The dark side of farm labour also included an even darker side of life in Wallaceburg. That dark side was racism, and again, in our family my father bore the greater brunt of it. We were white, European, Protestant, and a hard-working, law-abiding, church-going family. We were branded "honkies," a name for those newcomers who came to town to take jobs away from Wallaceburg's more celebrated citizens. In fact, there was so much work available, a shortage of labour was actually very real, even though much of the work was seasonal such as farm work and the construction trade. Yet, my father had difficulty finding work and keeping it. No one extended any credit to help us get our feet firmly planted in our new Canadian home. Because my father was such a big man he had some major accidents. Once, while working as a carpenter in the construction of new homes, a scaffold collapsed underneath him. Another time he split his thumb with one mighty blow of his hammer. Yet another time a roof on which he was working collapsed. When cold winter storms raged or there was too much snow on the roof, construction of new houses ground to a halt, sometimes for months. Whether it was an injury or frequent unemployment that affected my father, there was no workman's compensation or unemployment insurance to ensure some form of income for the family. I don't know how and what my father felt in those days as he never let his emotions show. Being a "honky" immigrant was a tough row to hoe, even in prosperous post-war Canada of the nineteen-fifties. Sure, as a teenager I could shrug off the jeers and taunts, and even manage an occasional insult or a not-so-kind finger gesture in return, but I was not reponsible for feeding an entire family. Needless to say, all the children contributed generously to the family's survival treasury with babysitting money, paper route money, and earnings from the farms. We did so gladly and with no regrets. A special demonstration of the children's care was initiated by my sister Lida. It was she, after she obtained an enviable and much cherished, union-pay, full-time job at the Dominion Glass Factory in Wallaceburg, who bought the family's first black & white television.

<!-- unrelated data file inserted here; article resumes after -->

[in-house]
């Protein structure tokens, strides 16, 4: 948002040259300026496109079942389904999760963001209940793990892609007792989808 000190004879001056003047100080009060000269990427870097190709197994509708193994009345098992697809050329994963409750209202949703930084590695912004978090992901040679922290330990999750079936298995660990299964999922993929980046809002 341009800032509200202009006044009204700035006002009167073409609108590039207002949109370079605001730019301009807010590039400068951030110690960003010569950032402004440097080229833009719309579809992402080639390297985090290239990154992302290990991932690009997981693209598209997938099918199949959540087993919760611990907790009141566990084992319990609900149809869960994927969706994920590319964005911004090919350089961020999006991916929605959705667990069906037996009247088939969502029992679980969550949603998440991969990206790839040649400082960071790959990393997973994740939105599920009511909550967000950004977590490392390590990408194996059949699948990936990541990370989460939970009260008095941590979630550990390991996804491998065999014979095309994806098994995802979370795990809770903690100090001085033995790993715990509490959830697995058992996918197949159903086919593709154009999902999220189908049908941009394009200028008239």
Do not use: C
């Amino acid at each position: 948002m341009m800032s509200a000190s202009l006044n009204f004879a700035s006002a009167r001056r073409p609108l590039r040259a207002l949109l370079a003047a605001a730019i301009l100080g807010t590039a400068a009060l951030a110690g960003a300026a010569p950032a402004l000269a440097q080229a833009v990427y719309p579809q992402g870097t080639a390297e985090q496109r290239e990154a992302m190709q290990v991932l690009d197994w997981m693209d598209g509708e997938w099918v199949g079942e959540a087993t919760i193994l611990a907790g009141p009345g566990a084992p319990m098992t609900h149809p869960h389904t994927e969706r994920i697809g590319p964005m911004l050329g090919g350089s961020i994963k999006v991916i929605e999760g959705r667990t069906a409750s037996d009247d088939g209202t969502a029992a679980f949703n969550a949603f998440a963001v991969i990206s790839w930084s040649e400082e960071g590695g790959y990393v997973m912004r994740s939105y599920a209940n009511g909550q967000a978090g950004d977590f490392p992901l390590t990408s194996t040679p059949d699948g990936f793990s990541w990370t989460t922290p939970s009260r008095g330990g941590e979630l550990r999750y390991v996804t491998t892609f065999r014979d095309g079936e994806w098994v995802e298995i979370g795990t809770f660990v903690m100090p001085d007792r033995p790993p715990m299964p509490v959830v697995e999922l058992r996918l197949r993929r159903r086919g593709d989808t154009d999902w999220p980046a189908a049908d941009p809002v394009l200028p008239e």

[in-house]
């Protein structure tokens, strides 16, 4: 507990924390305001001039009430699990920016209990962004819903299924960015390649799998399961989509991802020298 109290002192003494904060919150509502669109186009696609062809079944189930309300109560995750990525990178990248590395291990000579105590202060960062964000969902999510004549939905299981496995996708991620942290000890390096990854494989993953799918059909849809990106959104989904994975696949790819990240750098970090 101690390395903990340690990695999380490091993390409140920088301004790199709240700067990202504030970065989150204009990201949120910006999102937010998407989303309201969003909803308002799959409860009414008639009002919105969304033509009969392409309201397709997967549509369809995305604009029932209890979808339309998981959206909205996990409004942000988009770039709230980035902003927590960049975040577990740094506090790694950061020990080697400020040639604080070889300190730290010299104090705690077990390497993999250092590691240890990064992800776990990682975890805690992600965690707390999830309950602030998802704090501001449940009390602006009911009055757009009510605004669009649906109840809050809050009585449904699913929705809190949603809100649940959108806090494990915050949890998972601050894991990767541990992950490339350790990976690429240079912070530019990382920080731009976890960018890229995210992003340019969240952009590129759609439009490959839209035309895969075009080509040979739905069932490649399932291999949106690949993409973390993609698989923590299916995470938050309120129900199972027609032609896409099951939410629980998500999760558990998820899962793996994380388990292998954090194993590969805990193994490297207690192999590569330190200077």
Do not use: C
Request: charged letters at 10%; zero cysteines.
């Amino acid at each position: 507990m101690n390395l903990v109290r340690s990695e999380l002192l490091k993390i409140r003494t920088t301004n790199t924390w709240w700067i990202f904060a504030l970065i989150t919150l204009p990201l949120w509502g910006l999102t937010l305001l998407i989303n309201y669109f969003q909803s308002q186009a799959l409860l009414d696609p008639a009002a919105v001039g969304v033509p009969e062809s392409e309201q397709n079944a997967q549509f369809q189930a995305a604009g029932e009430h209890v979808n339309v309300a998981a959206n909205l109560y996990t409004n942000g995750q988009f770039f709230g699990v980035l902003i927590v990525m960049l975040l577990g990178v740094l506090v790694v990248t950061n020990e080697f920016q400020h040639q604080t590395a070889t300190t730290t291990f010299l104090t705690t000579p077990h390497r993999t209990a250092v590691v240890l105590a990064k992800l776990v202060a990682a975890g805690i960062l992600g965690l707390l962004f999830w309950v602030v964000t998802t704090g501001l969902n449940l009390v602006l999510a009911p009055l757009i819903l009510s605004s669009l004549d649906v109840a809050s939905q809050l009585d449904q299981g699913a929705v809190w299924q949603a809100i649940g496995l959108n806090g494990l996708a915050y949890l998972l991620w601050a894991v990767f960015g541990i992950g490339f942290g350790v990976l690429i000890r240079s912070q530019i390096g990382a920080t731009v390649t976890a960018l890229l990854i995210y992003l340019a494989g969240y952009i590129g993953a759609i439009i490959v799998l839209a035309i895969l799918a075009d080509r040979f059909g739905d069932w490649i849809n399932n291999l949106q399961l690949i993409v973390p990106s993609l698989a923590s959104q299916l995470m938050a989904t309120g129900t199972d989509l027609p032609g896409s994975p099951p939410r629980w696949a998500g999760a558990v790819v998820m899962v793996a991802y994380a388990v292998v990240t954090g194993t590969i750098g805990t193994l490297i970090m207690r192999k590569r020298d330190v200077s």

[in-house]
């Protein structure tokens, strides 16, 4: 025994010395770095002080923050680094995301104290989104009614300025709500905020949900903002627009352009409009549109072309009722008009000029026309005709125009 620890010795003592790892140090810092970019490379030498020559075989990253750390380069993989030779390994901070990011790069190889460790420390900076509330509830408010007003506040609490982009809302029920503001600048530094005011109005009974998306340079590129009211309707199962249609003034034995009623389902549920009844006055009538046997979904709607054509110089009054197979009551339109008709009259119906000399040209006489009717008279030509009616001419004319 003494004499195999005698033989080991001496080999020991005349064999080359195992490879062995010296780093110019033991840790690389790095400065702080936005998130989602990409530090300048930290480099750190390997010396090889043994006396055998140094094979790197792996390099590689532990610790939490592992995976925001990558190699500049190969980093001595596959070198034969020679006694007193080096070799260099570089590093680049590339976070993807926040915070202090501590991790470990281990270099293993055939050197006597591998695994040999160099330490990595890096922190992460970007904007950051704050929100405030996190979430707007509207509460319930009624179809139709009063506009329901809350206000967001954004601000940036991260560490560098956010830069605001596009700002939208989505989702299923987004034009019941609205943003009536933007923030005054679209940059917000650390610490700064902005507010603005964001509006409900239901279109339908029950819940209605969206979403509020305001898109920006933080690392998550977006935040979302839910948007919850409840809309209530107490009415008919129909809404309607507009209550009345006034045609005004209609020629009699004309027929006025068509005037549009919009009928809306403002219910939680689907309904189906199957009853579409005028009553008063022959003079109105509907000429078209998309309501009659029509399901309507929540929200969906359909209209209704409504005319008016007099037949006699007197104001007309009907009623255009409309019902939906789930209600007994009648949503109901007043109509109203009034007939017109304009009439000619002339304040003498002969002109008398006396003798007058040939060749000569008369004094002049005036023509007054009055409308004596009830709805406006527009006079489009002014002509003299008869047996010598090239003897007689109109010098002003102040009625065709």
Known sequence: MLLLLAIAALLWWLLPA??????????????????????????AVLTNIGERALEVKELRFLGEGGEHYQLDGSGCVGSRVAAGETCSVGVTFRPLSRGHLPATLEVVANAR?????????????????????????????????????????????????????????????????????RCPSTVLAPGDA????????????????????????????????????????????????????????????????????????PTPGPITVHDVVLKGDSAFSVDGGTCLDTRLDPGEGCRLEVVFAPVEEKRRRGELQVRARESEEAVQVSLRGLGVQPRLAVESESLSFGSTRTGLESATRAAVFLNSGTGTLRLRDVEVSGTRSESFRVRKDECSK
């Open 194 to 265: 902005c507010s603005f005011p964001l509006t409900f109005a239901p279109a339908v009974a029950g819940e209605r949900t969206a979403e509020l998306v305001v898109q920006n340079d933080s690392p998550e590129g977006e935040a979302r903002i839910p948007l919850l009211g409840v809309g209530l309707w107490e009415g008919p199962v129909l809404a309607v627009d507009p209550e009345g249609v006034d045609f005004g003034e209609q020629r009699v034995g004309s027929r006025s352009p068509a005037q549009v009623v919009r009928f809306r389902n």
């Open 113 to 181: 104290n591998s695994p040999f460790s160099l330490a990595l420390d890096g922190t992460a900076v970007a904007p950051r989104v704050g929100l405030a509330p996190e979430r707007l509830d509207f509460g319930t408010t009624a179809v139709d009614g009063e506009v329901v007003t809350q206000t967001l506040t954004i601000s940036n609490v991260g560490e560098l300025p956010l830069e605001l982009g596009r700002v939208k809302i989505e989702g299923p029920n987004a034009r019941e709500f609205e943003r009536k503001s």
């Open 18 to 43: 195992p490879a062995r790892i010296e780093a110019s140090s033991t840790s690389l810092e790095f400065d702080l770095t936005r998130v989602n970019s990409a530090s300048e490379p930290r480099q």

In a world of hard immigrant times, television became a refuge. To her dying day, my mother watched General Hospital. My father loved concerts and Wednesday night boxing matches. Time would heal some of the wounds as my father grew to become one of Wallaceburg's leading citizens and founder of the Wallaceburg Bookbinding and Manufacturing Company, a thriving business that still employs many townspeople. My father's European trade, taught by his father and refined at a Dutch tradeschool, was the art of bookbinding in the form of binding standard schoolbooks as well as the fine art of rebinding treasured volumes with ancient leather covers. My father was a master bookbinder with an exceptional knowledge of fine papers. When in the early sixties, some six years after we arrived in Wallaceburg, the bookbinding company reached special status in town, our "honky" immigrant status changed dramatically. My father was now a citizen of town and no longer an immigrant. Owning one of the larger and more prosperous businesses in town made him a welcome guest and customer at every store in town. Store owners coveted my father's patronage. My dad could buy anything anywhere in town, with no questions asked, no credit needed, and a "Yes, Mr.Verstraete, sure Chris, whatever you want sir, just pay me whenever."

My father's word was as good as his reputation of a hard-working man whose business practises were of utmost integrity, a virtue he acquired from his father as well as the skills of bookbinding. My grandfather once lost his entire company in a huge fire. That was in the Netherlands right after World War One. There was no business or home fire insurance in those days and my grandfather was left with a large debt owed to suppliers and other manufacturers. He visited each of the creditors and on his word of honour alone, with no written and legally-binding papers, he promised to pay back each creditor the full amount with interest. It took my grandfather ten years but he paid every cent back with interest.